The herpetofauna of the Iberian Peninsula is relatively well-researched, yet detailed studies, at least in part relying on molecular genetic data, continue to reveal taxa new to science, mostly species and subspecies. Newts of the genus Triturus are one such group with undiscovered yet taxonomically relevant variation, as shown by the recent description of new (sub)species of pygmy newts (T. pygmaeus, T. rudolfi). The marbled newt, Triturus marmoratus, shows an equally deep and geographically coherent spatial-genetic diversification. It is here shown that a northern and a southern group are characterized by different mitochondrial dna profiles and are also differentiated in morphometry and colouration pattern. With no firm evidence for selection against intermediate genotypes, the southern group is described at the subspecies level, as T. marmoratus harmannis ssp. nov. The subspecies’ contact zone is situated at ca. 41.5 northern latitude and stretches from the Atlantic coast near Porto, Portugal to the northeast of Madrid, Spain.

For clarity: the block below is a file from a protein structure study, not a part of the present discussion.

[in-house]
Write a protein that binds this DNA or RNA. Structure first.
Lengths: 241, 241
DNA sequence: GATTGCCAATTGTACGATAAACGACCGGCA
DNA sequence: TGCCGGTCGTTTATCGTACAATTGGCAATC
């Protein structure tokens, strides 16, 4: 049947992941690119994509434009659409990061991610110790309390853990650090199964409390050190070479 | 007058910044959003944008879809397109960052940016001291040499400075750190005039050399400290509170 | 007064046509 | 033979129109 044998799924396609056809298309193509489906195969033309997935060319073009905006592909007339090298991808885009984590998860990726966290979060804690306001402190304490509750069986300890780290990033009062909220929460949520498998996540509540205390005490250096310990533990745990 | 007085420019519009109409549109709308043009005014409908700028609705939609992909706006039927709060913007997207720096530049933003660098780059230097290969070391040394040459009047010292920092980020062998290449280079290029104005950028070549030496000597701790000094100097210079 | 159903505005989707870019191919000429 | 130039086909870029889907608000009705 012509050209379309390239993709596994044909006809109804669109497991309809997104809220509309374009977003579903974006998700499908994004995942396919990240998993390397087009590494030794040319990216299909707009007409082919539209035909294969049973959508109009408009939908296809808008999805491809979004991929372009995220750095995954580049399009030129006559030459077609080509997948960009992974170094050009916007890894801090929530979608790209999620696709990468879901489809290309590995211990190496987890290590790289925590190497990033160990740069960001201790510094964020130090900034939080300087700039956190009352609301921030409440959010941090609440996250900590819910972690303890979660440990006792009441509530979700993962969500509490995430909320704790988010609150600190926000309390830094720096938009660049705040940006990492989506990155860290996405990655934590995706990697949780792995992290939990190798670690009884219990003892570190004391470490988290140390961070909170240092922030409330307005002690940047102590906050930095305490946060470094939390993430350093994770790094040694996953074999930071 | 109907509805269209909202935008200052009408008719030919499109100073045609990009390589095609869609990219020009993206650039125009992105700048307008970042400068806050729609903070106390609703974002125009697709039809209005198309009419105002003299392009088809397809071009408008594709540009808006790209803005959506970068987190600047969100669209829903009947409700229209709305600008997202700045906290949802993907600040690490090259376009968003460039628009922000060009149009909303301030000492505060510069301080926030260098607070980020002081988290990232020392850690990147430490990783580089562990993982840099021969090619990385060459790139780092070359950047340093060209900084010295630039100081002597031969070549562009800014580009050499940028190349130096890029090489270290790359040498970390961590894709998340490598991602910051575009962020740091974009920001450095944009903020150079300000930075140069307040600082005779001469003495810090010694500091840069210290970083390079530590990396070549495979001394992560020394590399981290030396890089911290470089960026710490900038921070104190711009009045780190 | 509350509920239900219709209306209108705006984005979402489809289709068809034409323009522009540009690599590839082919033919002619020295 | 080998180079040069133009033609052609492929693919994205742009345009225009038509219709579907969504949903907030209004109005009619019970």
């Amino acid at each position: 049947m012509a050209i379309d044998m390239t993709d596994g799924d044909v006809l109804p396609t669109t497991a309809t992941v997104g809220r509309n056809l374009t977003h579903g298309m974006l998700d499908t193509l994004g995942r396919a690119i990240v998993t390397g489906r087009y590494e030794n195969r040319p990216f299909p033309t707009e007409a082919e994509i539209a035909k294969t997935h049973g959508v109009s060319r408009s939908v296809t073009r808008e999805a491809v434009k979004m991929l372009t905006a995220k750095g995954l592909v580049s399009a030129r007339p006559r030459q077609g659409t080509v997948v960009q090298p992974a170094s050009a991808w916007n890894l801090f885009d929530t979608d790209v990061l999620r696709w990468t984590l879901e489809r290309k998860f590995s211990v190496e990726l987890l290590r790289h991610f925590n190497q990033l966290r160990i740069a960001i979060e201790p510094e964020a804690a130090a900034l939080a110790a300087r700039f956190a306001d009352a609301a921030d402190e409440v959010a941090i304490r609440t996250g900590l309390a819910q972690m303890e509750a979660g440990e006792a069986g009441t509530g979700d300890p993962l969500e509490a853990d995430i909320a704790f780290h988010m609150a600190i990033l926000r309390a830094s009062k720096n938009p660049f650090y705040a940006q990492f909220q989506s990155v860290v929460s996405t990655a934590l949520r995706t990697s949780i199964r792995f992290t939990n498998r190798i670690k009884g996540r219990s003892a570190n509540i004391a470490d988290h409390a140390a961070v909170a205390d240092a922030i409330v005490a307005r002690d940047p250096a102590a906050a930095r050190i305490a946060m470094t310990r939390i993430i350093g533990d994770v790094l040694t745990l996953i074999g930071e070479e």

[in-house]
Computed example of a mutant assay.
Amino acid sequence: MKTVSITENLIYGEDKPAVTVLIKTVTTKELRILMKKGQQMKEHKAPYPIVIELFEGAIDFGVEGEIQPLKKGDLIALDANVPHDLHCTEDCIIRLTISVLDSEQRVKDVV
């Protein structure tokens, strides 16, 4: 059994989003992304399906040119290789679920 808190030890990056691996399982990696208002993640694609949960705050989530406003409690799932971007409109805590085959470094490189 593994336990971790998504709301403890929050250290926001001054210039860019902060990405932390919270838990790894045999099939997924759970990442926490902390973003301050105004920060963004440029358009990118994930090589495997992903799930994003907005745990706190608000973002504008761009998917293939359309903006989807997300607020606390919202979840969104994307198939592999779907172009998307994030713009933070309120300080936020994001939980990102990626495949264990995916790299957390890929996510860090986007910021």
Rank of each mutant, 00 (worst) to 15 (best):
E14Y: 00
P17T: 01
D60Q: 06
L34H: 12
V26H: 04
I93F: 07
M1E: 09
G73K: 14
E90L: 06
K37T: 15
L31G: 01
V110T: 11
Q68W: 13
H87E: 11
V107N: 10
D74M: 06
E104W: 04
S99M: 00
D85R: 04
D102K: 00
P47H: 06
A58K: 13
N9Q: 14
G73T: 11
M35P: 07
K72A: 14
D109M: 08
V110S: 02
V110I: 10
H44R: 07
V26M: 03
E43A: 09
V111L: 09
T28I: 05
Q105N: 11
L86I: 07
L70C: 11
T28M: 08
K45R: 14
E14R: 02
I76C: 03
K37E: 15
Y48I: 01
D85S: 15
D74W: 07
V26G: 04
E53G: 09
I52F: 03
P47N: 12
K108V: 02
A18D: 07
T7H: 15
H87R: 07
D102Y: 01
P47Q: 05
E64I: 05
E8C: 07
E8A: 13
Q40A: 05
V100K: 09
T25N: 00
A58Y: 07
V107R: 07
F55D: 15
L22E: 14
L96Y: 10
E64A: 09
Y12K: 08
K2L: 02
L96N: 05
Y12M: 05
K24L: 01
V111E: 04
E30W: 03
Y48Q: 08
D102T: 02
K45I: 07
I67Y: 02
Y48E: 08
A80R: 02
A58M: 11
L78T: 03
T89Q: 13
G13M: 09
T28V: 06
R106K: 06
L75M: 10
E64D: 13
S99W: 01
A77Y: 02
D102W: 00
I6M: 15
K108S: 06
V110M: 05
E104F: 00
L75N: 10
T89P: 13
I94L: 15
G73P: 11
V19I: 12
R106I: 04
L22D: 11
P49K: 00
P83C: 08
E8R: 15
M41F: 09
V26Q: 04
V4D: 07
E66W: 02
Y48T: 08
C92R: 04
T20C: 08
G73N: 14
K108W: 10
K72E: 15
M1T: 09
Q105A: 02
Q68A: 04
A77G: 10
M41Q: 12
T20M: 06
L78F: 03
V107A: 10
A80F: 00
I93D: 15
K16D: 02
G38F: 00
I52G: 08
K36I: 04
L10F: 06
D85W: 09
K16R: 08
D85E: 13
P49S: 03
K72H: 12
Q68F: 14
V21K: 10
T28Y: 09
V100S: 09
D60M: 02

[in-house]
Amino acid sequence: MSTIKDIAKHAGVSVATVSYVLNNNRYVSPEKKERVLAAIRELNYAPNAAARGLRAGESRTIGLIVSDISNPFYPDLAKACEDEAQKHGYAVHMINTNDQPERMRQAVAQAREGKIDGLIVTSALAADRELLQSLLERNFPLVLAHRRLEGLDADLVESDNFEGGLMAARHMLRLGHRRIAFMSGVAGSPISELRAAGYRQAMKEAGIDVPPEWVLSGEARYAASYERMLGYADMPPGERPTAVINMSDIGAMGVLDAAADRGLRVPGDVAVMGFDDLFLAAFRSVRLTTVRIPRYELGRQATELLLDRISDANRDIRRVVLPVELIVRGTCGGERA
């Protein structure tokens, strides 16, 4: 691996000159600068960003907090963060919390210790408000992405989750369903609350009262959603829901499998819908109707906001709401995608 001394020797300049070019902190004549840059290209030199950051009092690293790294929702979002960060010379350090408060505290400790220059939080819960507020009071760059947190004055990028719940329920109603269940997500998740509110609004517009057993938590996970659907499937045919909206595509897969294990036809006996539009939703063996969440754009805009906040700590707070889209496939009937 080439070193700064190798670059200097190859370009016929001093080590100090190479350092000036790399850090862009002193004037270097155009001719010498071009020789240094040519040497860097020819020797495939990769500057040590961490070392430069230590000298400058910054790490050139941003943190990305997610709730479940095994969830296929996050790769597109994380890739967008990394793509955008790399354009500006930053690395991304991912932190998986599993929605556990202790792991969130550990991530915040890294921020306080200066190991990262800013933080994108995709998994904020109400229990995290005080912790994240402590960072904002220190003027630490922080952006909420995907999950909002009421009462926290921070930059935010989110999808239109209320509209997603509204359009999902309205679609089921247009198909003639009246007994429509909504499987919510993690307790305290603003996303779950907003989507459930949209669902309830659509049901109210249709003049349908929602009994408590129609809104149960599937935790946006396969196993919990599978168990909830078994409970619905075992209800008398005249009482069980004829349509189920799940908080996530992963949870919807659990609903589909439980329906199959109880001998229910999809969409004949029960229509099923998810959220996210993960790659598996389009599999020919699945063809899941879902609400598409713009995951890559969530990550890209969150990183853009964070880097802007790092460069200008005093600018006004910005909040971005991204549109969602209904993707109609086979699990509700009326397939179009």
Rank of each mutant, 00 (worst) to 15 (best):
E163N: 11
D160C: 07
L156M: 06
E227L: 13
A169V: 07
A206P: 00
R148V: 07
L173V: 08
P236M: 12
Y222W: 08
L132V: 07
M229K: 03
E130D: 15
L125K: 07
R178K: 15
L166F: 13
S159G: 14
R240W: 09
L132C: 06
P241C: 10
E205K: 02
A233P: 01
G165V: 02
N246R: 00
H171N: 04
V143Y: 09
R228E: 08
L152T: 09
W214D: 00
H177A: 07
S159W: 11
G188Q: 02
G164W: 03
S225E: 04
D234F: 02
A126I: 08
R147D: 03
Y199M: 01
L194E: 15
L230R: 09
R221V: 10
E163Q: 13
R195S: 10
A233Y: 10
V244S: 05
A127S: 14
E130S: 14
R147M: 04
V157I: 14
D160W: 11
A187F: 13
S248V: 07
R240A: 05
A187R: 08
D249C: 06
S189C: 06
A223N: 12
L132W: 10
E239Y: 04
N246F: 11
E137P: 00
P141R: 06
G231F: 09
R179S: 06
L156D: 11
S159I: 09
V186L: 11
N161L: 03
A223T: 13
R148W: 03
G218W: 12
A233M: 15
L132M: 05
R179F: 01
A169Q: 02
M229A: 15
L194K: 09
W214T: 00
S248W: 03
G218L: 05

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doi.org/10.1163/18759866-bja10060
Contributions to Zoology

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Staff publications

Arntzen, J. W. (2024). A subspecies of marbled newt (Triturus marmoratus) in the Iberian Peninsula newly resolved from congruent nuclear and mitochondrial dna data. Contributions to Zoology, 2024, 1–16. doi:10.1163/18759866-bja10060